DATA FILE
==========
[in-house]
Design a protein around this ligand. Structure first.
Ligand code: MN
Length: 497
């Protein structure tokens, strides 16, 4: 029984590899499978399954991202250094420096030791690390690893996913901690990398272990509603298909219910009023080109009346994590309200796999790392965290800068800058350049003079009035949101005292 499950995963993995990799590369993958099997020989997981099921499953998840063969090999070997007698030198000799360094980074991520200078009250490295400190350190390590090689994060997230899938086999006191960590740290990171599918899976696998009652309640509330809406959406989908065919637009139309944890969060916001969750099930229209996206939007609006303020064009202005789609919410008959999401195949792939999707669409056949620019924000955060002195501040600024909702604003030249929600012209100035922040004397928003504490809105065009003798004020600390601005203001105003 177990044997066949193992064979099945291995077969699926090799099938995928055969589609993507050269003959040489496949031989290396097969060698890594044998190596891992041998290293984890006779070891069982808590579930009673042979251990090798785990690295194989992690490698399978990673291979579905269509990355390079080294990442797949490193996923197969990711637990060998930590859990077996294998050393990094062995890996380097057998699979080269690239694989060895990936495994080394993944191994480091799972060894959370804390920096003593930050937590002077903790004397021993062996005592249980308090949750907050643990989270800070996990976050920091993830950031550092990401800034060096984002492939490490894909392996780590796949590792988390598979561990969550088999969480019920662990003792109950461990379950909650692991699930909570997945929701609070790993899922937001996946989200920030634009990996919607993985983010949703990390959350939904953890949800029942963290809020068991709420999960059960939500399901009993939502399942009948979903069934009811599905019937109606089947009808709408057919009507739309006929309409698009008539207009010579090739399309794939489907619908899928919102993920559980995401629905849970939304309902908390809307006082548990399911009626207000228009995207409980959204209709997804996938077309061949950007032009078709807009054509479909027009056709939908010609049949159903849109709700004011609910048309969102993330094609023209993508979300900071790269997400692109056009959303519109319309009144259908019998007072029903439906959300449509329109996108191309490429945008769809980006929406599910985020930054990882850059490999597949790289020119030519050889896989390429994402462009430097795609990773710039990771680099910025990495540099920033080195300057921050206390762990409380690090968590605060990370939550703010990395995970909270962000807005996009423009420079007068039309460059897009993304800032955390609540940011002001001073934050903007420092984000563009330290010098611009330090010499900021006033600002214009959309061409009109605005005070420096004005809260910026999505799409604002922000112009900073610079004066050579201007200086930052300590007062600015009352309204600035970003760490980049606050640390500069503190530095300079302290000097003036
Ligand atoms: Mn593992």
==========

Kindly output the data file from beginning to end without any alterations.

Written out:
[in-house]
Design a protein around this ligand. Structure first.
Ligand code: MN
Length: 497
């Protein structure tokens, strides 16, 4: 029984590899499978399954991202250094420096030791690390690893996913901690990398272990509603298909219910009023080109009346994590309200796999790392965290800068800058350049003079009035949101005292 499950995963993995990799590369993958099997020989997981099921499953998840063969090999070997007698030198000799360094980074991520200078009250490295400190350190390590090689994060997230899938086999006191960590740290990171599918899976696998009652309640509330809406959406989908065919637009139309944890969060916001969750099930229209996206939007609006303020064009202005789609919410008959999401195949792939999707669409056949620019924000955060002195501040600024909702604003030249929600012209100035922040004397928003504490809105065009003798004020600390601005203001105003 177990044997066949193992064979099945291995077969699926090799099938995928055969589609993507050269003959040489496949031989290396097969060698890594044998190596891992041998290293984890006779070891069982808590579930009673042979251990090798785990690295194989992690490698399978990673291979579905269509990355390079080294990442797949490193996923197969990711637990060998930590859990077996294998050393990094062995890996380097057998699979080269690239694989060895990936495994080394993944191994480091799972060894959370804390920096003593930050937590002077903790004397021993062996005592249980308090949750907050643990989270800070996990976050920091993830950031550092990401800034060096984002492939490490894909392996780590796949590792988390598979561990969550088999969480019920662990003792109950461990379950909650692991699930909570997945929701609070790993899922937001996946989200920030634009990996919607993985983010949703990390959350939904953890949800029942963290809020068991709420999960059960939500399901009993939502399942009948979903069934009811599905019937109606089947009808709408057919009507739309006929309409698009008539207009010579090739399309794939489907619908899928919102993920559980995401629905849970939304309902908390809307006082548990399911009626207000228009995207409980959204209709997804996938077309061949950007032009078709807009054509479909027009056709939908010609049949159903849109709700004011609910048309969102993330094609023209993508979300900071790269997400692109056009959303519109319309009144259908019998007072029903439906959300449509329109996108191309490429945008769809980006929406599910985020930054990882850059490999597949790289020119030519050889896989390429994402462009430097795609990773710039990771680099910025990495540099920033080195300057921050206390762990409380690090968590605060990370939550703010990395995970909270962000807005996009423009420079007068039309460059897009993304800032955390609540940011002001001073934050903007420092984000563009330290010098611009330090010499900021006033600002214009959309061409009109605005005070420096004005809260910026999505799409604002922000112009900073610079004066050579201007200086930052300590007062600015009352309204600035970003760490980049606050640390500069503190530095300079302290000097003036
Ligand atoms: Mn593992």